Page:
2) On the flip side of all this, let me say that it’s one thing to look for basics in scripts submitted by unproduced writers, and it’s quite another to say that every single story - EVERY SINGLE STORY IN EVERY GENRE - must follow the same formula. That’s completely absurd. It’s madness! It never fails to surprise me in my travels through this biz and encounters with people who, despite the first impression of being obviously intelligent, educated, well-spoken, and established within the industry, actually believe that every single story must have a sympathetic protag with a clear goal and a character arc and an antagonist to stand in the way. Are you kidding me?

Let’s take, for example, the perfectly acceptable genre of
satire (which was, by the way, never discussed in Robert McKee’s Story). Ebert sometimes spoke of this art form periodically in his reviews by saying that “satire is what closes Saturday night,” but I tell you that satire is, in fact, the highest form of comedy writing in existence. You cannot make comedy more brilliant than satire. (In fact, John Gassner said this repeatedly in his book, Masters of the Drama.) But, you see, the whole point of satire is to ridicule the protagonist. And you can't do that if the protagonist is sympathetic with a goal. Why else do you think we had Adolph Hitler as the protagonist in Chaplin’s The Great Dictator? That’s a beautiful film and a stirring condemnation of not only Hitler but also fascism, antisemitism, and the Nazis, whom Chaplin beautifully excoriates as “machine men with machine minds and machine hearts.”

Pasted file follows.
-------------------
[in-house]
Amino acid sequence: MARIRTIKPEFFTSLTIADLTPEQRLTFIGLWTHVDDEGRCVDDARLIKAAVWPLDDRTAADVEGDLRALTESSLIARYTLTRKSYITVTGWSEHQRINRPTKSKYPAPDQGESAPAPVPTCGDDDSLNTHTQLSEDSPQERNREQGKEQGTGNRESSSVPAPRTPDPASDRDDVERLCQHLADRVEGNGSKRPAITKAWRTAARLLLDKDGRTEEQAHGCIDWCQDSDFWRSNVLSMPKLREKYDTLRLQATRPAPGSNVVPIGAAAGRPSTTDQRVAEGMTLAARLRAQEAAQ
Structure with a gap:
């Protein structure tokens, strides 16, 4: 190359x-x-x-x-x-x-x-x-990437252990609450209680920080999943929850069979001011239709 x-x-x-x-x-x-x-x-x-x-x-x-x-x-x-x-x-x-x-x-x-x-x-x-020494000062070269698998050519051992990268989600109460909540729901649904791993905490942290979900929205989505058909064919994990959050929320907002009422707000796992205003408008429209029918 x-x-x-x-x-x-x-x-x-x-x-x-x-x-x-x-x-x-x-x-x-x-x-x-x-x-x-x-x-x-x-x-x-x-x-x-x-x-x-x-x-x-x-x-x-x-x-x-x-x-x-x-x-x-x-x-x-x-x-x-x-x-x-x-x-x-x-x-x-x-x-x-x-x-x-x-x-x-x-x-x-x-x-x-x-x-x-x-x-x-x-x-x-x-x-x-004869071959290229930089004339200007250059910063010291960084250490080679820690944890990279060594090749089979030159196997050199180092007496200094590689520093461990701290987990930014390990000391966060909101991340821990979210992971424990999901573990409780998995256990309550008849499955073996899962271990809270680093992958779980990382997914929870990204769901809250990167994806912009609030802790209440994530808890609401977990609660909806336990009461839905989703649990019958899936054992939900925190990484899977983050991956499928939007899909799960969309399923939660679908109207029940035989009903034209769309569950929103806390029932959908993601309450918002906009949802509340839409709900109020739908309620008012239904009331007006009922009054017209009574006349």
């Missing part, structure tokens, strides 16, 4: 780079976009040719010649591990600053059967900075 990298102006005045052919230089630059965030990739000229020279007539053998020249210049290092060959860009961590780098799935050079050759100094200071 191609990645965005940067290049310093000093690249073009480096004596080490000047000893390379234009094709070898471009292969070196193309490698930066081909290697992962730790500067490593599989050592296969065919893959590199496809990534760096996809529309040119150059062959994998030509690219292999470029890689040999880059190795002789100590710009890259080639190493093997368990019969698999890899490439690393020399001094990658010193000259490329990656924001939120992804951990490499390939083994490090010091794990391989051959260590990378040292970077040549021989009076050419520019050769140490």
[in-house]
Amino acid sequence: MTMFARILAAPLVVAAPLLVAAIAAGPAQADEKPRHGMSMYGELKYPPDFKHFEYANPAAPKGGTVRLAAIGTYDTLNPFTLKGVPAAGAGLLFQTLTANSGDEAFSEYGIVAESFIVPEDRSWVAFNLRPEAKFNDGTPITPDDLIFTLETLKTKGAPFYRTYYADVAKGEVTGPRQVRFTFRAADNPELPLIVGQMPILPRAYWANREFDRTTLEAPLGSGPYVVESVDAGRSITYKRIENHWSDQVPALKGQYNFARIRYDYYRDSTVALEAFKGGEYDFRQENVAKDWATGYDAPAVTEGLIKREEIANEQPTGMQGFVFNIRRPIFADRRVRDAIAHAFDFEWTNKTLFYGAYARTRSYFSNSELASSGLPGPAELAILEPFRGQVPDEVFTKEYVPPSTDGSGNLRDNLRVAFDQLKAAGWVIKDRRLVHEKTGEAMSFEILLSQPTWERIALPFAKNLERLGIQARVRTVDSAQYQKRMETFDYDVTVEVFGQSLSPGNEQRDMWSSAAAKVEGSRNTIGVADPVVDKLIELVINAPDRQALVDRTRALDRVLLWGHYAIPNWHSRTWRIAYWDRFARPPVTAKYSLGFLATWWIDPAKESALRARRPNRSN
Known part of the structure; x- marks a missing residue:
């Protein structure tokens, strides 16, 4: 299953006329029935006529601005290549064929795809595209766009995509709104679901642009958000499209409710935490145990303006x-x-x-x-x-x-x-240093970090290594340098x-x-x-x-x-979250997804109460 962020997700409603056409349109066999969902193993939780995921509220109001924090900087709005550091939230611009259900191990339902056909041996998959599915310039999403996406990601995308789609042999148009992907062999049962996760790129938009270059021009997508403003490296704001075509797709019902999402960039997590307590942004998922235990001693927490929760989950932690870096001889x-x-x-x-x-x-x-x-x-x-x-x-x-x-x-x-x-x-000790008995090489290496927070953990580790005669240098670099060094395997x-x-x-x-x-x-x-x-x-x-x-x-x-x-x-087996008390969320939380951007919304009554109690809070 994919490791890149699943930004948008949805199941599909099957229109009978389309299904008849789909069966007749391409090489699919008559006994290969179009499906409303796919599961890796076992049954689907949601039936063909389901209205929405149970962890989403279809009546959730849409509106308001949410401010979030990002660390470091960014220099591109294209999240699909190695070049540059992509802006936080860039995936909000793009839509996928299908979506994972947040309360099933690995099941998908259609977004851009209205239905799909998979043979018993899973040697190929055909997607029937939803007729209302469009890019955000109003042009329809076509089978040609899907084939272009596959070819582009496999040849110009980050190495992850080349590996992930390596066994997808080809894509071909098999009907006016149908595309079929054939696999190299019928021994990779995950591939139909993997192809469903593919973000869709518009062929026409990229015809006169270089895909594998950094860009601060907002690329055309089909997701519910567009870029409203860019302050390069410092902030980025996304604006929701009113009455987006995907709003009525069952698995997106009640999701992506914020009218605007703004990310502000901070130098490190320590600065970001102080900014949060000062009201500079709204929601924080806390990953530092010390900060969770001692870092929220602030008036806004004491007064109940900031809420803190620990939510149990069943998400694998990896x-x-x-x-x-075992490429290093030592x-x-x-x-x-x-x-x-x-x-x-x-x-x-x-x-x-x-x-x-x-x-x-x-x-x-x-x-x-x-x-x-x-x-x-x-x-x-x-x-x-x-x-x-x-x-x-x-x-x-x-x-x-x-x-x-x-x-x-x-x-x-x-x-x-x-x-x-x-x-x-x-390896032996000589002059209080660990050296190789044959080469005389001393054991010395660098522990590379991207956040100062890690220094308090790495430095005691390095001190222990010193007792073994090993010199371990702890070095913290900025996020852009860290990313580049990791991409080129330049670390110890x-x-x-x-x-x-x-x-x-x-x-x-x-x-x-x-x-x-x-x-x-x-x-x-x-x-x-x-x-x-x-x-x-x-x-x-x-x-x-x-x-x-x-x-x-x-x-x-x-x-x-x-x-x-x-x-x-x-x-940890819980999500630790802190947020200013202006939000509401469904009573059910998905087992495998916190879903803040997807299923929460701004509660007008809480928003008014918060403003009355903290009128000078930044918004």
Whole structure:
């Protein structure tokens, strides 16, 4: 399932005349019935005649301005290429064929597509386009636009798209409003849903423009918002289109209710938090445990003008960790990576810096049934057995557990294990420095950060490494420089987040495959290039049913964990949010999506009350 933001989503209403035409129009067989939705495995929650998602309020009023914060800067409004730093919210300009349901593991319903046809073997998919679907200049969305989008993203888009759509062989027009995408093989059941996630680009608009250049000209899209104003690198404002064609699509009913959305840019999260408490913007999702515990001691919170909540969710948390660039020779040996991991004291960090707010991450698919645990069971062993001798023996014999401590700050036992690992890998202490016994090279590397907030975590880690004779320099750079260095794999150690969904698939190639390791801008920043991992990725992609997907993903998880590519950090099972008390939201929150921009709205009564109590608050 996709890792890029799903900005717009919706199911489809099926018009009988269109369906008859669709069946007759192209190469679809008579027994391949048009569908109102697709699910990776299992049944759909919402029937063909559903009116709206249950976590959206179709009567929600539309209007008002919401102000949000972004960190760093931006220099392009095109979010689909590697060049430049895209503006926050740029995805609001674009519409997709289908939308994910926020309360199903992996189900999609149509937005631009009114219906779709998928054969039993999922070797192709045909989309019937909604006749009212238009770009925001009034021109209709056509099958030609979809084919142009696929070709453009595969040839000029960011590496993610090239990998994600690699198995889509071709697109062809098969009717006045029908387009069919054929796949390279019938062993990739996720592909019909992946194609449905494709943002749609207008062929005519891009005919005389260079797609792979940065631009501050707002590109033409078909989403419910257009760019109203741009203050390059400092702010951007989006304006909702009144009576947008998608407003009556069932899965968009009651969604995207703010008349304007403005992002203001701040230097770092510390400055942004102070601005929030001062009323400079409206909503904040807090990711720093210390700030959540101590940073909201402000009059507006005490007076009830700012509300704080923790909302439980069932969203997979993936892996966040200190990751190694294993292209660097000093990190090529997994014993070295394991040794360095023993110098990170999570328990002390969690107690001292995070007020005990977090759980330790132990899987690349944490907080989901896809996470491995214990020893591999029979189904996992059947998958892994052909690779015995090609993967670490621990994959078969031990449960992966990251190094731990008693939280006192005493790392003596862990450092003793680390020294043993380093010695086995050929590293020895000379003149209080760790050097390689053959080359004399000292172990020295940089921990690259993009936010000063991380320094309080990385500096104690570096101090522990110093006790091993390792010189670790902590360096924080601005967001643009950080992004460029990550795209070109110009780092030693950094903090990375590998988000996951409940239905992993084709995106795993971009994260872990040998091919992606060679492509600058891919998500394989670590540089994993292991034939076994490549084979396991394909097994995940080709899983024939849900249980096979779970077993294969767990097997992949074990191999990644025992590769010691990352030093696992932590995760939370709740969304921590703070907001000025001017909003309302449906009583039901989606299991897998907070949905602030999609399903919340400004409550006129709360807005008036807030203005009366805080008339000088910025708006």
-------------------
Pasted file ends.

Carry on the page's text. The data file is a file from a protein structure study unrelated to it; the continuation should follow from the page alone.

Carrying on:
For some writers I know, satire is what they love and it’s what they're good at and it's how they wish to express themselves. And yet, they get slammed again and again by idiot readers, consultants, analysts – those who actually provide coverage on scripts – because the writer “failed to offer a sympathetic protagonist with clearly defined goals that the audience can root for.” And while these talented writers struggle to get discovered, a beautiful art form tragically lies six feet under and relegated to cable news shows because our industry's infested with A) consultants who are nothing short of intellectually dishonest frauds, and B) thoughtless readers wholly ignorant of the genres they’re supposed to be covering and who spend their days looking for the exact same formula within every story. They don’t THINK about the unique parameters of a given genre.

There should be a name for these people – Formula Freaks.